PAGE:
Finally, experts are addressing the contagious elephant in the room: How to actually make indoor air safe in the age of the coronavirus. This week a top cohort of German scientists released surprisingly straight-forward indoor air guidelines to prevent COVID-19 spread. They are:

  • N95 masks. “They should be mandatory in many sectors, instead of the simple hygiene masks,” write the authors.
  • Window ventilation. The more, the better. It’s effective and cheap.
  • Exhaust ventilation systems. The air must be extracted upwards through an overhead exhaust suction, and appropriately filtered if recirculated. The group advises that these ventilation systems be installed immediately in places like classrooms, restaurants, hospitals, buses, and trains.
  • Air purification systems. The use of appropriate purifiers for the size and space are critical. Portable is fine.
  • CO2 monitoring. The results are proxy for how well ventilation is working. If CO2 levels are extremely low in buildings like museums, for example, reopening could be reasonable.
  • No fans. Ceiling fans recirculate air, likely keeping virus particles in the air for longer.

If all guidelines are employed simultaneously, together they would remove about 90% of all viral aerosols, say the scientists.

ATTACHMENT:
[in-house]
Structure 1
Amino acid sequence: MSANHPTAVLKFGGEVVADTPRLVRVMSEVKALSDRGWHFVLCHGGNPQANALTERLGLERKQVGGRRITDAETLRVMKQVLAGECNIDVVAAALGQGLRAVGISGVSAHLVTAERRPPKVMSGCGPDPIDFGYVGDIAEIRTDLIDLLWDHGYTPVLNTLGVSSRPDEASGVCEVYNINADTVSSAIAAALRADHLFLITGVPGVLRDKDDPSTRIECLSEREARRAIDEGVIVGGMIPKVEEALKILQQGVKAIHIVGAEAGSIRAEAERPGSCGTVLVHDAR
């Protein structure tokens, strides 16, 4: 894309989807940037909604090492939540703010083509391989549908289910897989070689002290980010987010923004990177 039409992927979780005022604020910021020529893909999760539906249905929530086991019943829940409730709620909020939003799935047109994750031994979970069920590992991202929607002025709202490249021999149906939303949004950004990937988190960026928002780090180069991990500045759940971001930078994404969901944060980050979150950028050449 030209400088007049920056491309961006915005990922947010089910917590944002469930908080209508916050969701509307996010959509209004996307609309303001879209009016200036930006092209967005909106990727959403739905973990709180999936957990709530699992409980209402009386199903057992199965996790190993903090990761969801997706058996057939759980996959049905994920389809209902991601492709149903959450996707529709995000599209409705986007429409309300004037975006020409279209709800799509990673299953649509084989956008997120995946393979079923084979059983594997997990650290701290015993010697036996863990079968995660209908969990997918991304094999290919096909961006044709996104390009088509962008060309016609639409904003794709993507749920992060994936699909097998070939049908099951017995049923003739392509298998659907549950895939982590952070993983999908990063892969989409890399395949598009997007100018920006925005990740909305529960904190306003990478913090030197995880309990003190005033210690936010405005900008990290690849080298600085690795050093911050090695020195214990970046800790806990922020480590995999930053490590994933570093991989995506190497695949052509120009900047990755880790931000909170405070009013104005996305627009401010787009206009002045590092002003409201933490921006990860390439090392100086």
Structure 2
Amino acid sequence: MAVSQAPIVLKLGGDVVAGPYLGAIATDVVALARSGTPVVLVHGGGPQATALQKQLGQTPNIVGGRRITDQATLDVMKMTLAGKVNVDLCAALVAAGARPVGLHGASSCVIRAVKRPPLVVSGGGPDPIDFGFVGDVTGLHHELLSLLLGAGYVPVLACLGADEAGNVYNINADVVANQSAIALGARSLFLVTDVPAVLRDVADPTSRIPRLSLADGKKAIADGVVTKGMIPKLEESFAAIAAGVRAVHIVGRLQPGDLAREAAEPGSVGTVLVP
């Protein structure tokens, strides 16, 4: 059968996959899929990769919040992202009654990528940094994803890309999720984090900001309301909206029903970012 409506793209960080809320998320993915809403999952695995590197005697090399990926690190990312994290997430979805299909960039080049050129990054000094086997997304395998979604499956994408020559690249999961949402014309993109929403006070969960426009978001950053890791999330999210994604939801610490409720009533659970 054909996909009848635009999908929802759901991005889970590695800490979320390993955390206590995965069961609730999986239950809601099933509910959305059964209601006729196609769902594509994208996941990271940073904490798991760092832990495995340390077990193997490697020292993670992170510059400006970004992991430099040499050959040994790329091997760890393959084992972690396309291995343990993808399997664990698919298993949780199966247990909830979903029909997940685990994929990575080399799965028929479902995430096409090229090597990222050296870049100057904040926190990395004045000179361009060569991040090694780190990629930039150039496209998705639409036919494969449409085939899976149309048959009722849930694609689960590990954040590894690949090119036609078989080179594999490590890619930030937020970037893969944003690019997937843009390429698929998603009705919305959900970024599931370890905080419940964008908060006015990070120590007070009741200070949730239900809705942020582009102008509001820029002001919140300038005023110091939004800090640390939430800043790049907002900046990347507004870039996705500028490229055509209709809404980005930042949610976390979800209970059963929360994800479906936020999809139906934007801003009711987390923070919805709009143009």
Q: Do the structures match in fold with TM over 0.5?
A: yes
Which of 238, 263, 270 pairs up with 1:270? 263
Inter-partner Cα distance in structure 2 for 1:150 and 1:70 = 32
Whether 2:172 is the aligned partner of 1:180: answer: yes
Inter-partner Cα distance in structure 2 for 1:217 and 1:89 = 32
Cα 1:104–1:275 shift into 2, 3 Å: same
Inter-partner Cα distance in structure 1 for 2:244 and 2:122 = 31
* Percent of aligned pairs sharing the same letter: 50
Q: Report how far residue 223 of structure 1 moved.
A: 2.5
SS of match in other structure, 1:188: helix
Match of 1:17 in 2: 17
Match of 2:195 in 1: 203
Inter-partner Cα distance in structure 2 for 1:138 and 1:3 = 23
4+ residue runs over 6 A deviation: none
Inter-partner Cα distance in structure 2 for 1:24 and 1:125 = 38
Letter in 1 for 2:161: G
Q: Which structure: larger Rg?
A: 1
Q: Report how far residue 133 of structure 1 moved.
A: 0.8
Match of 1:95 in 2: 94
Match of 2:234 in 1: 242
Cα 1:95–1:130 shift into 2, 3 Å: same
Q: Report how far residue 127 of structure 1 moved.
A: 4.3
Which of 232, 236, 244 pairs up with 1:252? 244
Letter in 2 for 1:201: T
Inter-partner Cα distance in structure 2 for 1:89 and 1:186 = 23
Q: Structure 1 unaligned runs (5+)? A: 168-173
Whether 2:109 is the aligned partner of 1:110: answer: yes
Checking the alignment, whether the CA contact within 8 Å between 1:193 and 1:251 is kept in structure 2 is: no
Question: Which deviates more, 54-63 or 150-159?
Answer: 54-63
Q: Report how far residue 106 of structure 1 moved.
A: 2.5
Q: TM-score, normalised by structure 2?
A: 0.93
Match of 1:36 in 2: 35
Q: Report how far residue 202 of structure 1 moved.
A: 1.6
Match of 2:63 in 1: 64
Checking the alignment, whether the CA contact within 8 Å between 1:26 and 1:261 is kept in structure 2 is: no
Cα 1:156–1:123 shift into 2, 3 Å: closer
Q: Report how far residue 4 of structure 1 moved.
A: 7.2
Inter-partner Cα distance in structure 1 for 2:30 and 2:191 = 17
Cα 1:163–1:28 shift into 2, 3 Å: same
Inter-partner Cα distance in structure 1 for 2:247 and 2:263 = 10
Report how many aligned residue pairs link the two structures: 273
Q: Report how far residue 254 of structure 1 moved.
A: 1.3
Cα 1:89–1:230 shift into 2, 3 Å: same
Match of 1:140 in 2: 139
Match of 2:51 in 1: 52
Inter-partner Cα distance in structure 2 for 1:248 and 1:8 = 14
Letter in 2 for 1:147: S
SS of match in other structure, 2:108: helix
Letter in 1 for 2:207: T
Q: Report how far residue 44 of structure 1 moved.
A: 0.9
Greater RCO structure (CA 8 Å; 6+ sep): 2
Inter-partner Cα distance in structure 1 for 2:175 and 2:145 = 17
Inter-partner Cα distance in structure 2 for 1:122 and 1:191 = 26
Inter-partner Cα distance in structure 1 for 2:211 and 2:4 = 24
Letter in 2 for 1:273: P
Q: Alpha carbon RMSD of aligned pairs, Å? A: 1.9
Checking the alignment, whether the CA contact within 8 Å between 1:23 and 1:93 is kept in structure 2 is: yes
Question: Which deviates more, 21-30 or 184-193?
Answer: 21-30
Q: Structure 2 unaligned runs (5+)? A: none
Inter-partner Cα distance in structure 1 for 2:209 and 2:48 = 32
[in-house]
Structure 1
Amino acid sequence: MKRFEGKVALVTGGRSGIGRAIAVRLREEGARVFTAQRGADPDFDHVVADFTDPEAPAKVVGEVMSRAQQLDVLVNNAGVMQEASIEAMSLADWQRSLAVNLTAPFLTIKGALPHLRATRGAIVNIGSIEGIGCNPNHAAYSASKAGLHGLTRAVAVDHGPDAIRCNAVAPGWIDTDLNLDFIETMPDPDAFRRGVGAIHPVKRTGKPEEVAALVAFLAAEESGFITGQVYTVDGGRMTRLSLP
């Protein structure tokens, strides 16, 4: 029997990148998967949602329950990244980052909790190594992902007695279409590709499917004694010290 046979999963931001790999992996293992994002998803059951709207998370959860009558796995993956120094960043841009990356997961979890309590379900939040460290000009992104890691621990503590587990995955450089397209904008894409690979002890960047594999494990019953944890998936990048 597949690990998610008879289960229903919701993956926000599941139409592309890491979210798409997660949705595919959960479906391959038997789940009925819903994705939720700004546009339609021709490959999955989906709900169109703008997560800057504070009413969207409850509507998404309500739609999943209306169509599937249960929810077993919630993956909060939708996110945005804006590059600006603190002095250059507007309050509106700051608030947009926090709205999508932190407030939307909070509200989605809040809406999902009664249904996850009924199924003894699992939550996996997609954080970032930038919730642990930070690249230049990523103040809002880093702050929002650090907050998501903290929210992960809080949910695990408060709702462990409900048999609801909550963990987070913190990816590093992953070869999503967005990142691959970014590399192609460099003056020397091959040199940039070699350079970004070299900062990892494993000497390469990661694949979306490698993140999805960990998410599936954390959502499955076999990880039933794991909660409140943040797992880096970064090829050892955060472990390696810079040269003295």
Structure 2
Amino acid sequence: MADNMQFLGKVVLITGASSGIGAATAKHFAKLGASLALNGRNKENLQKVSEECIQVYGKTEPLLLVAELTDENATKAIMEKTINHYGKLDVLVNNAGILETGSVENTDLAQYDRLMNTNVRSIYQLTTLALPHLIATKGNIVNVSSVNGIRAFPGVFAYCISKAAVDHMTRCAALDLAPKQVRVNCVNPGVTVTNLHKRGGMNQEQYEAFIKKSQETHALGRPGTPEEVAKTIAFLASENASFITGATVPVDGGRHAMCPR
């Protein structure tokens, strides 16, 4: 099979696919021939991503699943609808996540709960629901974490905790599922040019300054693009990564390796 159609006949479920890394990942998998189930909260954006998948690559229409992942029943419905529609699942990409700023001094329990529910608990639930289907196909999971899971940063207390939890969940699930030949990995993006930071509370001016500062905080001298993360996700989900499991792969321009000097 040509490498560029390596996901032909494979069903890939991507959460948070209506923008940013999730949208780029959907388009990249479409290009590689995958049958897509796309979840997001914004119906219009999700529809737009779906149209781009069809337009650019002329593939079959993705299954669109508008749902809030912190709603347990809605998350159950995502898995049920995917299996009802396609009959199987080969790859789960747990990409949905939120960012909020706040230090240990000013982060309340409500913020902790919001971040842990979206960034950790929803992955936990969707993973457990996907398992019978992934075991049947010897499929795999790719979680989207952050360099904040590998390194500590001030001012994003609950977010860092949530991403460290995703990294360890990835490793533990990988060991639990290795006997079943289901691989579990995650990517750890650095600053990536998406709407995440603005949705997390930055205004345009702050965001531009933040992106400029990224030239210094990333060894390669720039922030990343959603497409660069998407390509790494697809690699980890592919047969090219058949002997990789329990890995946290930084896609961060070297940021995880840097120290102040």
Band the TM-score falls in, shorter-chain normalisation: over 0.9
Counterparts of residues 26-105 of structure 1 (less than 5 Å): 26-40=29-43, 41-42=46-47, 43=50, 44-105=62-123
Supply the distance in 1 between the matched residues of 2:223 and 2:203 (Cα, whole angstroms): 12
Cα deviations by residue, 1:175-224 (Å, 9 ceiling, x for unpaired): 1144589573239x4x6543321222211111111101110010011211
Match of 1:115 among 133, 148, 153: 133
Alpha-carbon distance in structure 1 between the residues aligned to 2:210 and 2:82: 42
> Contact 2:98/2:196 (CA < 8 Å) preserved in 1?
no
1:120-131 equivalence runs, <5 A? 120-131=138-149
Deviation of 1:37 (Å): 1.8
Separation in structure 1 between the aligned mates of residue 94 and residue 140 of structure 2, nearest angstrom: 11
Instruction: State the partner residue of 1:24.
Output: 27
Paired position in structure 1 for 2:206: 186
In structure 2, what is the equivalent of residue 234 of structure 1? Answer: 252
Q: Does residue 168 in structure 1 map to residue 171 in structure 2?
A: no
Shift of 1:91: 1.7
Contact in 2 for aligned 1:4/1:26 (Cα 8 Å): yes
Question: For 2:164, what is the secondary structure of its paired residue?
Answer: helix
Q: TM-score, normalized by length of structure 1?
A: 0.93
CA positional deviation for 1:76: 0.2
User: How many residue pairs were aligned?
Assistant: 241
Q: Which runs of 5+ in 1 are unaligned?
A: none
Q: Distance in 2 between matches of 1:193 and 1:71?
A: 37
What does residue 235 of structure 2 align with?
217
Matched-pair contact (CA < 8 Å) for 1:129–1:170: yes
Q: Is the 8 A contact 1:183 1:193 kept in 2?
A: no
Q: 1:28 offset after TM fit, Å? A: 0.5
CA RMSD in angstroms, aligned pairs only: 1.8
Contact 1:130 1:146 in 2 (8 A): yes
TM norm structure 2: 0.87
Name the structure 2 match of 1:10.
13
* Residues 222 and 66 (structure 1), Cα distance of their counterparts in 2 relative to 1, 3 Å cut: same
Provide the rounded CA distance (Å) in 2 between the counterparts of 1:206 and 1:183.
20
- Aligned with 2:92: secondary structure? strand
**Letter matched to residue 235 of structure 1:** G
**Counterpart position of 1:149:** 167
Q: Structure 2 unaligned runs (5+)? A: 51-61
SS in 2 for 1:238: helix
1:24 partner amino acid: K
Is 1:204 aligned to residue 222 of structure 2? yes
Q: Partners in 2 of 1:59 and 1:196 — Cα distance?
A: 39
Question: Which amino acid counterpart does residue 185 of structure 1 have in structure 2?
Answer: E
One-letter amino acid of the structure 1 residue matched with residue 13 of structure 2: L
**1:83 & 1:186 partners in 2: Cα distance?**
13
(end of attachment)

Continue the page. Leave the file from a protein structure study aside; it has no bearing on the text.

A key detail: Small aerosol particles rise with the warm air we breathe out, and eventually float below the ceiling. This means that ceiling ventilation systems that supply fresh air from the top-down are potentially recirculating virus particles. Think about airplane seats, with the air blowing down from above your head: not good. (The scientists note that some of these extraction systems could eventually be reversed.)

The group is called the German Working Committee on Particulate Matter, and includes physicists, chemists, engineers, biologists, meteorologists, and doctors from three scientific associations, as well as support from the Leibniz Institute for Tropospheric Research. The guidelines also include a helpful summary of current understandings of COVID-19 aerosol particulates. The 5-page, single-space document is well-worth a read.

By Arianne Cohen